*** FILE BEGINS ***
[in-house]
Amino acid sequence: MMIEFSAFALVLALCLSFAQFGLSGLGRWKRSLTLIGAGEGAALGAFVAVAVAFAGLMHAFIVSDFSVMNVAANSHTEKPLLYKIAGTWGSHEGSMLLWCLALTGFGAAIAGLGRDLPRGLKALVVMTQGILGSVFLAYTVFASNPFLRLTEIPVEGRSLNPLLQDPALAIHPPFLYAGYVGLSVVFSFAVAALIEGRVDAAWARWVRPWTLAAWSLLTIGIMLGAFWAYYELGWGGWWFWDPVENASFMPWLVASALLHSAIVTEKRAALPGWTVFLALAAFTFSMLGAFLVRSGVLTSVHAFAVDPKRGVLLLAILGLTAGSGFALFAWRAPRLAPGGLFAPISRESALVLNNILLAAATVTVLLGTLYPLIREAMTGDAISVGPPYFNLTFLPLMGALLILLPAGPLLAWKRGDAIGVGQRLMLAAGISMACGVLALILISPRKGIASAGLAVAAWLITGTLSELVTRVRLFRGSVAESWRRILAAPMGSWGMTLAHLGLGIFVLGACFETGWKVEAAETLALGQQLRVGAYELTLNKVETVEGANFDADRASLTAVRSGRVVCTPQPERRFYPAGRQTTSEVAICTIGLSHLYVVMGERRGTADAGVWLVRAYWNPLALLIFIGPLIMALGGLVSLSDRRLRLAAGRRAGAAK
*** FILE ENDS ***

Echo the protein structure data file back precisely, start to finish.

[in-house]
Amino acid sequence: MMIEFSAFALVLALCLSFAQFGLSGLGRWKRSLTLIGAGEGAALGAFVAVAVAFAGLMHAFIVSDFSVMNVAANSHTEKPLLYKIAGTWGSHEGSMLLWCLALTGFGAAIAGLGRDLPRGLKALVVMTQGILGSVFLAYTVFASNPFLRLTEIPVEGRSLNPLLQDPALAIHPPFLYAGYVGLSVVFSFAVAALIEGRVDAAWARWVRPWTLAAWSLLTIGIMLGAFWAYYELGWGGWWFWDPVENASFMPWLVASALLHSAIVTEKRAALPGWTVFLALAAFTFSMLGAFLVRSGVLTSVHAFAVDPKRGVLLLAILGLTAGSGFALFAWRAPRLAPGGLFAPISRESALVLNNILLAAATVTVLLGTLYPLIREAMTGDAISVGPPYFNLTFLPLMGALLILLPAGPLLAWKRGDAIGVGQRLMLAAGISMACGVLALILISPRKGIASAGLAVAAWLITGTLSELVTRVRLFRGSVAESWRRILAAPMGSWGMTLAHLGLGIFVLGACFETGWKVEAAETLALGQQLRVGAYELTLNKVETVEGANFDADRASLTAVRSGRVVCTPQPERRFYPAGRQTTSEVAICTIGLSHLYVVMGERRGTADAGVWLVRAYWNPLALLIFIGPLIMALGGLVSLSDRRLRLAAGRRAGAAK